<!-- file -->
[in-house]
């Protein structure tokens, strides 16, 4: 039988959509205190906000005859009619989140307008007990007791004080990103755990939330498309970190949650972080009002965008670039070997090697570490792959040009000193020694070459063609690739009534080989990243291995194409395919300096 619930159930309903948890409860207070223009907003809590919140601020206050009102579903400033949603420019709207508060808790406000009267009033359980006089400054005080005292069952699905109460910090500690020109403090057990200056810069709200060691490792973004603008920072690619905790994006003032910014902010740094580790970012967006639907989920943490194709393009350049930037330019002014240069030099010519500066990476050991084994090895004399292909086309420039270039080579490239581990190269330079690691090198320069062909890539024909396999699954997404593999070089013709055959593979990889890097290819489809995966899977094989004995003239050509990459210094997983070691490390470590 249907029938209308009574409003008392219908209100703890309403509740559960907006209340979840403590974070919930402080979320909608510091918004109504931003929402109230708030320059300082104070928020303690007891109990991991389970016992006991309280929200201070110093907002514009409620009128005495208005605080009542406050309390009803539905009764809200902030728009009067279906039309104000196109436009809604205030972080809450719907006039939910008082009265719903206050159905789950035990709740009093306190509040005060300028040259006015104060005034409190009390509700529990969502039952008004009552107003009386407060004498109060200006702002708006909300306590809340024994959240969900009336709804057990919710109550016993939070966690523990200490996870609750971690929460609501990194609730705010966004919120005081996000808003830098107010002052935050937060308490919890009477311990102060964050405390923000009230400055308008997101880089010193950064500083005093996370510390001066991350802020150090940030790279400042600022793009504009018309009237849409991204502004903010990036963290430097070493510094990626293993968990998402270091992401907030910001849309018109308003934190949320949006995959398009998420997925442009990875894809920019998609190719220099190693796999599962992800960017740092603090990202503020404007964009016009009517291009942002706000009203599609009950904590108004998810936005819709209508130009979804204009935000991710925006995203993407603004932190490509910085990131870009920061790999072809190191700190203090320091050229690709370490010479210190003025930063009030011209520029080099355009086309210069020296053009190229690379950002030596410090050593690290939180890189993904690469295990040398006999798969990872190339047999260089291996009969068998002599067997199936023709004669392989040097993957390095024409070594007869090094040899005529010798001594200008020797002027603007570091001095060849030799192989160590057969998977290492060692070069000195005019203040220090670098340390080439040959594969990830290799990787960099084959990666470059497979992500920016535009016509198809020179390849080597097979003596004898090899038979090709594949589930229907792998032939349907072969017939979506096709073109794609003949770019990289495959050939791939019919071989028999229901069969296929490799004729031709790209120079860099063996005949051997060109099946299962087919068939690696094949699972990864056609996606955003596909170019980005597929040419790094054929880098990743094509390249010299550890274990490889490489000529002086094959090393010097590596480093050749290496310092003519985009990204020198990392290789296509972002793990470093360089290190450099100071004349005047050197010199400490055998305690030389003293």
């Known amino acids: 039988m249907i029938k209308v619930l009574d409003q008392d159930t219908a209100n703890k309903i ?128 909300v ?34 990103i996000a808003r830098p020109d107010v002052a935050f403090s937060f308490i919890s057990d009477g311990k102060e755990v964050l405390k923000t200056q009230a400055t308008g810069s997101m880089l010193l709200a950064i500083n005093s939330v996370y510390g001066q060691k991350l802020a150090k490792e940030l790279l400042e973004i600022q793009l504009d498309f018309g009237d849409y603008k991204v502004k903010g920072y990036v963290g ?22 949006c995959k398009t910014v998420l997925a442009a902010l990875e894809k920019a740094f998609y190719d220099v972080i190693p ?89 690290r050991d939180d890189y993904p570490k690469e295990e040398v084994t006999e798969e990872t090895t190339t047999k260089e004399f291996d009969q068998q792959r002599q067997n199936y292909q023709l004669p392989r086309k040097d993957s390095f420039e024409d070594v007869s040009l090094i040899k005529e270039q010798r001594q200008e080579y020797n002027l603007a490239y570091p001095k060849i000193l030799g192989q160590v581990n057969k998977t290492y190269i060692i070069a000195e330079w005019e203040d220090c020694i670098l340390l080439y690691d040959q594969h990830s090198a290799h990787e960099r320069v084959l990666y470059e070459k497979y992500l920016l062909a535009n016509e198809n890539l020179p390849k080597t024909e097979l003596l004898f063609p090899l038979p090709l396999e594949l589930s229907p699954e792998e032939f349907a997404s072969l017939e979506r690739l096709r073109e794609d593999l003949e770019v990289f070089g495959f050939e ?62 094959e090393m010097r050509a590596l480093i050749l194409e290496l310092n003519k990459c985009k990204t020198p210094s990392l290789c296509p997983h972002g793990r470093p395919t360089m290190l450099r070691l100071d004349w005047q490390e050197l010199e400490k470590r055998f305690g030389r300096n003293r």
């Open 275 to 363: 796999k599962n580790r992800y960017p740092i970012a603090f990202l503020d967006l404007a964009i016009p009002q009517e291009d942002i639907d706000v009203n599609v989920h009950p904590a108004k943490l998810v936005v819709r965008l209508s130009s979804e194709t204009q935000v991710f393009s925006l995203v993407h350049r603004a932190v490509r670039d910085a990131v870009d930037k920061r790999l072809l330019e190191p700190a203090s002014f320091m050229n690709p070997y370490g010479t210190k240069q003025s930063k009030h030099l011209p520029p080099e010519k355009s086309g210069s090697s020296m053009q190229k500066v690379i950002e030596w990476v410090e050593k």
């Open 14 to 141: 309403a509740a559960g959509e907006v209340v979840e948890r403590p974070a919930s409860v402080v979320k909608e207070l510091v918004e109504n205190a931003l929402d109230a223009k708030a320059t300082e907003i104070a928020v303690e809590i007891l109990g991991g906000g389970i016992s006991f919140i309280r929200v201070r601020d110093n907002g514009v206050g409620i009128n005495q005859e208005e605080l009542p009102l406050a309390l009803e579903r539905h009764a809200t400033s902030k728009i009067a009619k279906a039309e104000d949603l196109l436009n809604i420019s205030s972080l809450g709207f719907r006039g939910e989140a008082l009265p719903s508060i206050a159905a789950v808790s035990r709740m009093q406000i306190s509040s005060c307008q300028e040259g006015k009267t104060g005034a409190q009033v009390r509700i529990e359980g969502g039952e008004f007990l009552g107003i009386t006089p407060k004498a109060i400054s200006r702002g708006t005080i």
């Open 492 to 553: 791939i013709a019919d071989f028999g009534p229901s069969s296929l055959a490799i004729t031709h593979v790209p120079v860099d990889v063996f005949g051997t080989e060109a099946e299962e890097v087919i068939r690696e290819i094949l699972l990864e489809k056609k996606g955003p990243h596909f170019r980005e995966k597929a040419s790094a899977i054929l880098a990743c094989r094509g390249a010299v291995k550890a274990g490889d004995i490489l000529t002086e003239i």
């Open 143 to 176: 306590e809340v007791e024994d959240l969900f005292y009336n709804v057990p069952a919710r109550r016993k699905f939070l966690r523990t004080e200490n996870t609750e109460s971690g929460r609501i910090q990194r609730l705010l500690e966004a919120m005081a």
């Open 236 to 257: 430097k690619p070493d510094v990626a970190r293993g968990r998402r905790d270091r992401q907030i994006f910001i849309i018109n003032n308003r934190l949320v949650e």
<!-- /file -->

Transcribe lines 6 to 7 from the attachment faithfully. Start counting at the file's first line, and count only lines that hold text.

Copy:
């Open 492 to 553: 791939i013709a019919d071989f028999g009534p229901s069969s296929l055959a490799i004729t031709h593979v790209p120079v860099d990889v063996f005949g051997t080989e060109a099946e299962e890097v087919i068939r690696e290819i094949l699972l990864e489809k056609k996606g955003p990243h596909f170019r980005e995966k597929a040419s790094a899977i054929l880098a990743c094989r094509g390249a010299v291995k550890a274990g490889d004995i490489l000529t002086e003239i």
């Open 143 to 176: 306590e809340v007791e024994d959240l969900f005292y009336n709804v057990p069952a919710r109550r016993k699905f939070l966690r523990t004080e200490n996870t609750e109460s971690g929460r609501i910090q990194r609730l705010l500690e966004a919120m005081a």